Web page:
The Detroit Lions are building their roster with young players who they expect to be foundation pieces for the future.
There is one addition that isn't always part of the rebuilding formula.
They have young players who are contributing now in a major way.
That's one of the things we learned again in the Lions' 31-18 win over the New York Giants Sunday.
Among the other things we learned include the following: Head coach Dan Campbell has shown in recent games that he doesn't always go for it on fourth down; the Lions of this point in the season can be more exciting scoring fewer points than the Lions of earlier in the season who were among the league leaders in points scored, and the team that shows up and competes on Sunday doesn't always match expectations.
We start with the Lions' young defenders:
Both have made significant contributions in the Lions' three-game winning streak in what has been an impressive team effort. Hutchinson has started all 10 games. Joseph has played in all 10 with seven starts.
Against the Packers, Hutchinson had an interception in the red zone, two assisted tackles and a pass defended. Joseph had 10 total tackles – five solo, five assisted – two interceptions and three passes defended.
Against the Bears, Hutchinson had eight solo tackles, a tackle for loss and a pass rush on Bears QB Justin Fields that helped make him rush a throw that was intercepted by cornerback Jeff Okudah and returned for a touchdown. Joseph had seven total tackles, five of them solos.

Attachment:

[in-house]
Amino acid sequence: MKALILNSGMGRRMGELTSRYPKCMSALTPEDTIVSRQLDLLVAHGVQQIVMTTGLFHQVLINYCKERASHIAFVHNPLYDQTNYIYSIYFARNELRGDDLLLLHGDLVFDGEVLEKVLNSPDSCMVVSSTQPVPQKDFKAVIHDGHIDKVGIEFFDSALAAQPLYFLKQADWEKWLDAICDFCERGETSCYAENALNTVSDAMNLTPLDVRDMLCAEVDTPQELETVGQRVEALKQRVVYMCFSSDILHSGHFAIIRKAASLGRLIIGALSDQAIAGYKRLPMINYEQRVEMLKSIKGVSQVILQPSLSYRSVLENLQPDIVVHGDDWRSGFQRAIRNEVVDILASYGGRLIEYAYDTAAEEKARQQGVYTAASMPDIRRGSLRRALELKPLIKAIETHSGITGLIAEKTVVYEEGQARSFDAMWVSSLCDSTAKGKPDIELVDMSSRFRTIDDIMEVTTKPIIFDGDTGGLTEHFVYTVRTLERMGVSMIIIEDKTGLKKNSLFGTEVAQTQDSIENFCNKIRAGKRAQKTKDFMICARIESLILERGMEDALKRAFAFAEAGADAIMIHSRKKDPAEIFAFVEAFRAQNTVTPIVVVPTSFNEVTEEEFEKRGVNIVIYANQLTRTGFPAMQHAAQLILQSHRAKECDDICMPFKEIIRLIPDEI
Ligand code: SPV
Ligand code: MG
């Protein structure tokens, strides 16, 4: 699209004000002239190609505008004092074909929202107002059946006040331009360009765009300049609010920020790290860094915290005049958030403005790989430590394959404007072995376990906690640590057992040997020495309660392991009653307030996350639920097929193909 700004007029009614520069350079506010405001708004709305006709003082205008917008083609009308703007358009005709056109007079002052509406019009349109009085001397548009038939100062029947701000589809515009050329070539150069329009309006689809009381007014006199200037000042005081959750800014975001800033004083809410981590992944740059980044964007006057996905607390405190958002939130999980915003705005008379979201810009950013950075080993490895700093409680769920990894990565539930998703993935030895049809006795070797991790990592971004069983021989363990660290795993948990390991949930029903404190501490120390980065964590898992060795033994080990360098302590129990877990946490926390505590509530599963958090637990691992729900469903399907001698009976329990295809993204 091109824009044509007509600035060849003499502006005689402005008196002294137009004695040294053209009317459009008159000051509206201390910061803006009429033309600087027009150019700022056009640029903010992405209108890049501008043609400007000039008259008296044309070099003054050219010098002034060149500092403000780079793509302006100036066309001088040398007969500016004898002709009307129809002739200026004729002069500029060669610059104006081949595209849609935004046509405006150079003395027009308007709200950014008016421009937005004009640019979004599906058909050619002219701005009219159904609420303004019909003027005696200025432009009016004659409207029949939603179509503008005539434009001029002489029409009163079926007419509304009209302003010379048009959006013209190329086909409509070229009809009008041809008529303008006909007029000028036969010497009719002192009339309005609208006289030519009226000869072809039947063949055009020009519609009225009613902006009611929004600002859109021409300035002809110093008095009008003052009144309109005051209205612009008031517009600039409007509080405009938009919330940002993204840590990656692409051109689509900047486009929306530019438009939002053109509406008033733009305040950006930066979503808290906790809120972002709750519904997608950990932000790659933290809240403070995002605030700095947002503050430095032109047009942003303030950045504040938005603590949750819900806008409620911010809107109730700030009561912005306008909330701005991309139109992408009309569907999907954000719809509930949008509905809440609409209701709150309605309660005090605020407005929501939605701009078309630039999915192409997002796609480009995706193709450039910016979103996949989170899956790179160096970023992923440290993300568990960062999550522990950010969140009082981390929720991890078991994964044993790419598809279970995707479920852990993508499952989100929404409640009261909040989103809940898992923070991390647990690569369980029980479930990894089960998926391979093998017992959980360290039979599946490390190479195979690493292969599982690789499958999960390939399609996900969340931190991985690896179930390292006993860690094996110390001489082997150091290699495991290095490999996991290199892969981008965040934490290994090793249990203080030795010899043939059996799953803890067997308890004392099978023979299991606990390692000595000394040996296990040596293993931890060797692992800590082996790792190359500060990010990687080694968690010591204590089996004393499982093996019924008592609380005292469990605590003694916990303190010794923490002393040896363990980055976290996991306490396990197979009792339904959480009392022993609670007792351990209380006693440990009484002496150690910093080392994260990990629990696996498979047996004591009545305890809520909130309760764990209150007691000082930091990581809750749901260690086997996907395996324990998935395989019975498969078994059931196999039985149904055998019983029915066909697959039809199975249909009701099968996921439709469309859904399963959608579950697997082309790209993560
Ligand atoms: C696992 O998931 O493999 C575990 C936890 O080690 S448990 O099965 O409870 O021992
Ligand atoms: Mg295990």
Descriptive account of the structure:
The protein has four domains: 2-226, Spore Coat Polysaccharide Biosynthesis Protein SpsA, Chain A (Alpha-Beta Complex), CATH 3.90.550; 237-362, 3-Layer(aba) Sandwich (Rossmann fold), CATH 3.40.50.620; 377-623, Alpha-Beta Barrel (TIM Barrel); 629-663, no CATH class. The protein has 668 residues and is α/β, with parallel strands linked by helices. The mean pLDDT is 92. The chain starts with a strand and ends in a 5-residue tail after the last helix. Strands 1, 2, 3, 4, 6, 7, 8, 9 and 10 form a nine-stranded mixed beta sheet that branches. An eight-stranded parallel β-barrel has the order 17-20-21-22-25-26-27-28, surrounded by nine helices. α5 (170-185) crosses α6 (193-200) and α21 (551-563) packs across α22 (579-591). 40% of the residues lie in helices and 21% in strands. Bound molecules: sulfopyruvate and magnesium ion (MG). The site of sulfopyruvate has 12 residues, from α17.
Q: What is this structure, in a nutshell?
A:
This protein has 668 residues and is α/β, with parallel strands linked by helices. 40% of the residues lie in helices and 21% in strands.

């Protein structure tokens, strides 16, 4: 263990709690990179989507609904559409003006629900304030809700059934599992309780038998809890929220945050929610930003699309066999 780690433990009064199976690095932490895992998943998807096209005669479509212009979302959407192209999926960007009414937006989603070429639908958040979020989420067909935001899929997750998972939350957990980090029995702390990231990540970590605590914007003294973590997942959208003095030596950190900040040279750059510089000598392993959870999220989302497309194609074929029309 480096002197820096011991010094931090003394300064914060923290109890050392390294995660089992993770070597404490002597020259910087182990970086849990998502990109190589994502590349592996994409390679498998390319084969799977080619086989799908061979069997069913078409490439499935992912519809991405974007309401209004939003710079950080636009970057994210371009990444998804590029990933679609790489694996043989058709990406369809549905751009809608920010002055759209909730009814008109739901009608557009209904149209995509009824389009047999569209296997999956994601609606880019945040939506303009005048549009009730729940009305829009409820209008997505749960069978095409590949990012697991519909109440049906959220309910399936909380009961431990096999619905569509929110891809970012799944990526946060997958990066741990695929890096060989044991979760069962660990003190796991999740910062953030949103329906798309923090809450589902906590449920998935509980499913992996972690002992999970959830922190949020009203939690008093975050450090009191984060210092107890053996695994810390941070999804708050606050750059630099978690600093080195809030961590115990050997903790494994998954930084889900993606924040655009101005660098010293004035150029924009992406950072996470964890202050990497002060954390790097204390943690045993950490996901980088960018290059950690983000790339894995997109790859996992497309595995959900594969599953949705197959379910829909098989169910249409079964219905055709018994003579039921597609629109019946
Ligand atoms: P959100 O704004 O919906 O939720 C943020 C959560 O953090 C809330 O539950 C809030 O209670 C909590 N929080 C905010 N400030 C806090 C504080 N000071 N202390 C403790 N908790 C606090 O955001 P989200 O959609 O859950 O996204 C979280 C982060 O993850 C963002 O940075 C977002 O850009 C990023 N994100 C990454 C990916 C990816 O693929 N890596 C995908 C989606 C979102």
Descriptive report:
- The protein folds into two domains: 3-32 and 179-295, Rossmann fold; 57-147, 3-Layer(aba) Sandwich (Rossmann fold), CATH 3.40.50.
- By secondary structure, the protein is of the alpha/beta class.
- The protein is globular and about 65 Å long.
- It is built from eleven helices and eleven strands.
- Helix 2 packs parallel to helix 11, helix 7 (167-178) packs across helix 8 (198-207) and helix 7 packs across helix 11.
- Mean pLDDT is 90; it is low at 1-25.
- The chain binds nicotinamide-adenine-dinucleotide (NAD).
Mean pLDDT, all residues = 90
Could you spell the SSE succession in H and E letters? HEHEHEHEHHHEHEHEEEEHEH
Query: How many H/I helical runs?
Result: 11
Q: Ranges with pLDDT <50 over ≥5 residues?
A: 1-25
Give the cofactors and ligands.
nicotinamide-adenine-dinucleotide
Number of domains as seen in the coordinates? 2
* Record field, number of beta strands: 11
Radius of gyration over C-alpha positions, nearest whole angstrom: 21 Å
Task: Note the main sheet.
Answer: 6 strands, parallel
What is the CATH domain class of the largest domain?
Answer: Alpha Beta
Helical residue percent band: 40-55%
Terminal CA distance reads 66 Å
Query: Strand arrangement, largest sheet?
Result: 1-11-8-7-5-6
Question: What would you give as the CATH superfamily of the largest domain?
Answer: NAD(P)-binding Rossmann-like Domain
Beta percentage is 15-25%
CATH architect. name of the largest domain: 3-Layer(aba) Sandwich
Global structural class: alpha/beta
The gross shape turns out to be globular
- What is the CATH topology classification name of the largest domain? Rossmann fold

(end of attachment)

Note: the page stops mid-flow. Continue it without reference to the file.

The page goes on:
Against the Giants, Hutchinson had an interception, a fumble recovery, a pass defended and three total tackles. Joseph had three solo tackles, an interception with a 38-yard return and a pass defended.
Making points: In the last two games, Campbell had a choice on the first possession of whether to go for it on fourth down or take the sure three points with a field goal.
He took the points both times.
It wasn't a hard decision two weeks ago against the Bears. The Lions faced fourth and four, and the Bears already had kicked a field goal on the opening possession to take a 3-0 lead. The Lions tied it with the field goal.
It wasn't as clear cut against the Giants. The defense had forced a punt, and the Lions had fourth and two. Campbell took the points again for a 3-0 lead.
We should have learned not to assume Campbell will go for it on fourth down, especially when he's expecting a tight game. That was the case in a 31-30 win over the Bears, but ultimately not in the win over the Giants.
Showtime: The Lions' offense put on a good show, averaging 35 points a game in the first four games. That didn't do much for where it counts on the bottom line.
The Lions were 1-3 and headed for a 1-6 start.
In the last three games, the Lions have averaged 25.67 points a game, with a low of 15 vs. the Packers and 31 against the Bears and Giants.
Judging by the reaction at Ford Field for the wins over Washington and Green Bay, they like scoring points but they love winning.
Maybe they can get a taste of both on Thanksgiving Day.
Expectations: Based on the Giants' 7-2 won loss record and the reputation they'd built so soon under first-year head coach Brian Daboll, I might have expected the Lions were facing a combination of the 1962 Green Bay Packers and this season's Kansas City Chiefs.
Instead, we got a version of the Giants of recent seasons who couldn't get to .500.
The Lions held star running back Saquon Barkley to 22 yards rushing on 15 carries. Quarterback Daniel Jones, who had only two interceptions in the first nine games, was intercepted twice.
The Lions held the Giants to 80 yards rushing and pounded them for 160 and four rushing TDs.
Things happen ... on any given Sunday.